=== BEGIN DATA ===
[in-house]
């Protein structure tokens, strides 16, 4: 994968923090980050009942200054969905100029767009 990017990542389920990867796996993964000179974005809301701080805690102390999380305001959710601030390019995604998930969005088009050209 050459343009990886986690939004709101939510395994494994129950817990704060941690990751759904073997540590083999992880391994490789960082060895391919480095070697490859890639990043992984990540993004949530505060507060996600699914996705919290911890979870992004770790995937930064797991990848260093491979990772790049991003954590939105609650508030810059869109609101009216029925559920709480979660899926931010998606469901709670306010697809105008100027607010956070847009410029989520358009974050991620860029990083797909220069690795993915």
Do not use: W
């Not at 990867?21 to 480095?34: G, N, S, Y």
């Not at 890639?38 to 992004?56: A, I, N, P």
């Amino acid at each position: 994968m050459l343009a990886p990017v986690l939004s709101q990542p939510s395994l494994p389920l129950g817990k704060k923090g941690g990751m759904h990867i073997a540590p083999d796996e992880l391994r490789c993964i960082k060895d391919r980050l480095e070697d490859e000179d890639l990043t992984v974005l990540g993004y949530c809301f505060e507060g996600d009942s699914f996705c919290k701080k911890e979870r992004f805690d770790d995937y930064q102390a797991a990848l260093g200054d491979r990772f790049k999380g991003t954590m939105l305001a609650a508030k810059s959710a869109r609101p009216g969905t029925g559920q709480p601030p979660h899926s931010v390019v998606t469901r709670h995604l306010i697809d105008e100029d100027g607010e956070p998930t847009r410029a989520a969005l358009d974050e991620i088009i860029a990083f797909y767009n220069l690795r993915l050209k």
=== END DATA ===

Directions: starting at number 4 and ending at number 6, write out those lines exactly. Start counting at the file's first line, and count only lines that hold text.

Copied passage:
């Not at 990867?21 to 480095?34: G, N, S, Y």
């Not at 890639?38 to 992004?56: A, I, N, P």
């Amino acid at each position: 994968m050459l343009a990886p990017v986690l939004s709101q990542p939510s395994l494994p389920l129950g817990k704060k923090g941690g990751m759904h990867i073997a540590p083999d796996e992880l391994r490789c993964i960082k060895d391919r980050l480095e070697d490859e000179d890639l990043t992984v974005l990540g993004y949530c809301f505060e507060g996600d009942s699914f996705c919290k701080k911890e979870r992004f805690d770790d995937y930064q102390a797991a990848l260093g200054d491979r990772f790049k999380g991003t954590m939105l305001a609650a508030k810059s959710a869109r609101p009216g969905t029925g559920q709480p601030p979660h899926s931010v390019v998606t469901r709670h995604l306010i697809d105008e100029d100027g607010e956070p998930t847009r410029a989520a969005l358009d974050e991620i088009i860029a990083f797909y767009n220069l690795r993915l050209k």